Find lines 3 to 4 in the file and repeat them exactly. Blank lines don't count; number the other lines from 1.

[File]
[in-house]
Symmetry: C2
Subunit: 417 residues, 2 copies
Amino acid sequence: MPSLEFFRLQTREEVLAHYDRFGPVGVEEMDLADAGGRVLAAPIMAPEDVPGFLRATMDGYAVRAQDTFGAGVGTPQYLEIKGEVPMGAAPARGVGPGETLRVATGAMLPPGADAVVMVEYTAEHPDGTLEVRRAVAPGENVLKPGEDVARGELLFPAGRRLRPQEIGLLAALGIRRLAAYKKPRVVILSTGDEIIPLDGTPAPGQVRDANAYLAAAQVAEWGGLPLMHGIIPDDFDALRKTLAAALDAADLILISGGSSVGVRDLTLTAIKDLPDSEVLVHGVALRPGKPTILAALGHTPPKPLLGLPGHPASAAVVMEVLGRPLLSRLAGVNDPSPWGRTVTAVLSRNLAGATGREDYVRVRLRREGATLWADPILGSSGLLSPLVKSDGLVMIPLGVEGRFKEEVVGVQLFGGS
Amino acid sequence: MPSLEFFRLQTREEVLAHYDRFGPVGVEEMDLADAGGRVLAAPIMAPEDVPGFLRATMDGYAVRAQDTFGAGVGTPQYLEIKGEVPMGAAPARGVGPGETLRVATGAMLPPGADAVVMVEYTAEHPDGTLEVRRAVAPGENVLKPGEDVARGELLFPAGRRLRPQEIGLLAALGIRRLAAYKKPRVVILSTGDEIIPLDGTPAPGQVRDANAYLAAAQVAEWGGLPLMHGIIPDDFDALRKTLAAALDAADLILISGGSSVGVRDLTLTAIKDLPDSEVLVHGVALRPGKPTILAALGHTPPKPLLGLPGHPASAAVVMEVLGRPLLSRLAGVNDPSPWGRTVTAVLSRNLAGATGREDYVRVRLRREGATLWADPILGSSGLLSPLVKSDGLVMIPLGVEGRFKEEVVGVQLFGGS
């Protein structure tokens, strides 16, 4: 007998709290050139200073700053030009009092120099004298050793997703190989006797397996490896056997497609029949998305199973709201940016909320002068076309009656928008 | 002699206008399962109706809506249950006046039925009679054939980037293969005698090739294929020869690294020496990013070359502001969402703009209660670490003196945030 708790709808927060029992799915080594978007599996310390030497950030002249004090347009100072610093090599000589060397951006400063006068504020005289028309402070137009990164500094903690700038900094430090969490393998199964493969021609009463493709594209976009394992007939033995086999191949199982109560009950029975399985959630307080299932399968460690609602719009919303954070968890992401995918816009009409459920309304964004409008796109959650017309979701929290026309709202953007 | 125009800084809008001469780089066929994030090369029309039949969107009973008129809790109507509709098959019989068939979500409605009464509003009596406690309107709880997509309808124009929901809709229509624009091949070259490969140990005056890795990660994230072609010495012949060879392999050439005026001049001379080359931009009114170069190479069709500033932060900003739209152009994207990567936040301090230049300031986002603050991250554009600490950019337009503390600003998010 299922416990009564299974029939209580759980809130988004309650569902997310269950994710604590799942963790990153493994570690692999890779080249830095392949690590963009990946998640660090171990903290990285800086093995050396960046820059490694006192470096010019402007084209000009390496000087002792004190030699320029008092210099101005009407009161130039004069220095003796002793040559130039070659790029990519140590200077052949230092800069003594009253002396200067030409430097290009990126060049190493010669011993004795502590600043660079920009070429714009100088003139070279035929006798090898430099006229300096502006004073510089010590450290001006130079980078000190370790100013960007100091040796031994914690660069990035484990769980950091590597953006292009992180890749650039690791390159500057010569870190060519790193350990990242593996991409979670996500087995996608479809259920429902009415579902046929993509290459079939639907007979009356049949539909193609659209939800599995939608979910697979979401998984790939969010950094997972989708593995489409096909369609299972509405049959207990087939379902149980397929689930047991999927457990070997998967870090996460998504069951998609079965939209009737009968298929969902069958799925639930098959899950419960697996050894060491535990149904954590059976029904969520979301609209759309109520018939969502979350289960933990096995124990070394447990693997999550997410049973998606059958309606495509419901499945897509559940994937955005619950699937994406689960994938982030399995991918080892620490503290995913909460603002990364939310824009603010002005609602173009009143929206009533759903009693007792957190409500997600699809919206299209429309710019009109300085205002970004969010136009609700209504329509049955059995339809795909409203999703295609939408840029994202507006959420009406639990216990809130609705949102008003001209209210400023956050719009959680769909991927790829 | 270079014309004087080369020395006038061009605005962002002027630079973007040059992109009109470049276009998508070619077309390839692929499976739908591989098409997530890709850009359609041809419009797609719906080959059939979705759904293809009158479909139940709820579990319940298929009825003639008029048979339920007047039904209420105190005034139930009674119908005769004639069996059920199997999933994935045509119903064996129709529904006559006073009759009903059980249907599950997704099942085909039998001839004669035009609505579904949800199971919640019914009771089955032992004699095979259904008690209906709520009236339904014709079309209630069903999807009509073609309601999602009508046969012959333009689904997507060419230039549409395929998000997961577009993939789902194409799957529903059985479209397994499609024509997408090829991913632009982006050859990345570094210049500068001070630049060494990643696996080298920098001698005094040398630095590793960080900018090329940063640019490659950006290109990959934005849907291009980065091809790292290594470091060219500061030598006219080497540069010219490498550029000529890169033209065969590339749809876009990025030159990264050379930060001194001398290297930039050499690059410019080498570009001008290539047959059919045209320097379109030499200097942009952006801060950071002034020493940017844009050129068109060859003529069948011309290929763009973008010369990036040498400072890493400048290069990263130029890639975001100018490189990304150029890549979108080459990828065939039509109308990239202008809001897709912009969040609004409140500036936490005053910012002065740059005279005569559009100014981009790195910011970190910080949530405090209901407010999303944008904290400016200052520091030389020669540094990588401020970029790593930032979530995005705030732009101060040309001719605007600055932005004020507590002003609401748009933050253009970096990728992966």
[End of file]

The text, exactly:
Subunit: 417 residues, 2 copies
Amino acid sequence: MPSLEFFRLQTREEVLAHYDRFGPVGVEEMDLADAGGRVLAAPIMAPEDVPGFLRATMDGYAVRAQDTFGAGVGTPQYLEIKGEVPMGAAPARGVGPGETLRVATGAMLPPGADAVVMVEYTAEHPDGTLEVRRAVAPGENVLKPGEDVARGELLFPAGRRLRPQEIGLLAALGIRRLAAYKKPRVVILSTGDEIIPLDGTPAPGQVRDANAYLAAAQVAEWGGLPLMHGIIPDDFDALRKTLAAALDAADLILISGGSSVGVRDLTLTAIKDLPDSEVLVHGVALRPGKPTILAALGHTPPKPLLGLPGHPASAAVVMEVLGRPLLSRLAGVNDPSPWGRTVTAVLSRNLAGATGREDYVRVRLRREGATLWADPILGSSGLLSPLVKSDGLVMIPLGVEGRFKEEVVGVQLFGGS